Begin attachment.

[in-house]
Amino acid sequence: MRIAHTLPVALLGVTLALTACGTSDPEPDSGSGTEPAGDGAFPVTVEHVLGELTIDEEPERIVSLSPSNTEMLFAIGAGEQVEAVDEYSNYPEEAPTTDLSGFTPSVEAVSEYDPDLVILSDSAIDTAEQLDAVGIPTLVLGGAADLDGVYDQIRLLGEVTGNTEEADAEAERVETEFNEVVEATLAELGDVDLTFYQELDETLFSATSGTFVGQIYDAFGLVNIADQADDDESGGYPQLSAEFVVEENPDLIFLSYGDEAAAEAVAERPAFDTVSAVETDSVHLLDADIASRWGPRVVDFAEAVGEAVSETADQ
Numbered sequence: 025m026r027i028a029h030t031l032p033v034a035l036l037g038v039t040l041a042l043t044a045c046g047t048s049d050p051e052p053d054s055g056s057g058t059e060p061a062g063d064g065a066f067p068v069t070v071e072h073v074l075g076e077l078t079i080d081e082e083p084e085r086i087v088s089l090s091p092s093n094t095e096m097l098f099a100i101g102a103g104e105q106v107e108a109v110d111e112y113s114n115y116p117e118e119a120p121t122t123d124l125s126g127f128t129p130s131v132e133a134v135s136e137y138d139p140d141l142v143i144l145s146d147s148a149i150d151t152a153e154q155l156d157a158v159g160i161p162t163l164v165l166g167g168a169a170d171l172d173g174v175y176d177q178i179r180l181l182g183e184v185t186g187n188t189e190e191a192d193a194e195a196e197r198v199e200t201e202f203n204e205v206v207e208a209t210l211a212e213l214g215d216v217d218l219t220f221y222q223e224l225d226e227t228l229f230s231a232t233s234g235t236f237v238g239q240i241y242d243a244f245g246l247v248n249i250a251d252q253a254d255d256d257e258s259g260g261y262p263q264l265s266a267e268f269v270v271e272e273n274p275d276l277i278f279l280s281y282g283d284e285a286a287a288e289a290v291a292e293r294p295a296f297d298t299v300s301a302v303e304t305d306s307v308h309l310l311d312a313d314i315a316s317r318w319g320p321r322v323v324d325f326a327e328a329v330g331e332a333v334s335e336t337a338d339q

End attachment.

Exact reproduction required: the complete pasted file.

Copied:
[in-house]
Amino acid sequence: MRIAHTLPVALLGVTLALTACGTSDPEPDSGSGTEPAGDGAFPVTVEHVLGELTIDEEPERIVSLSPSNTEMLFAIGAGEQVEAVDEYSNYPEEAPTTDLSGFTPSVEAVSEYDPDLVILSDSAIDTAEQLDAVGIPTLVLGGAADLDGVYDQIRLLGEVTGNTEEADAEAERVETEFNEVVEATLAELGDVDLTFYQELDETLFSATSGTFVGQIYDAFGLVNIADQADDDESGGYPQLSAEFVVEENPDLIFLSYGDEAAAEAVAERPAFDTVSAVETDSVHLLDADIASRWGPRVVDFAEAVGEAVSETADQ
Numbered sequence: 025m026r027i028a029h030t031l032p033v034a035l036l037g038v039t040l041a042l043t044a045c046g047t048s049d050p051e052p053d054s055g056s057g058t059e060p061a062g063d064g065a066f067p068v069t070v071e072h073v074l075g076e077l078t079i080d081e082e083p084e085r086i087v088s089l090s091p092s093n094t095e096m097l098f099a100i101g102a103g104e105q106v107e108a109v110d111e112y113s114n115y116p117e118e119a120p121t122t123d124l125s126g127f128t129p130s131v132e133a134v135s136e137y138d139p140d141l142v143i144l145s146d147s148a149i150d151t152a153e154q155l156d157a158v159g160i161p162t163l164v165l166g167g168a169a170d171l172d173g174v175y176d177q178i179r180l181l182g183e184v185t186g187n188t189e190e191a192d193a194e195a196e197r198v199e200t201e202f203n204e205v206v207e208a209t210l211a212e213l214g215d216v217d218l219t220f221y222q223e224l225d226e227t228l229f230s231a232t233s234g235t236f237v238g239q240i241y242d243a244f245g246l247v248n249i250a251d252q253a254d255d256d257e258s259g260g261y262p263q264l265s266a267e268f269v270v271e272e273n274p275d276l277i278f279l280s281y282g283d284e285a286a287a288e289a290v291a292e293r294p295a296f297d298t299v300s301a302v303e304t305d306s307v308h309l310l311d312a313d314i315a316s317r318w319g320p321r322v323v324d325f326a327e328a329v330g331e332a333v334s335e336t337a338d339q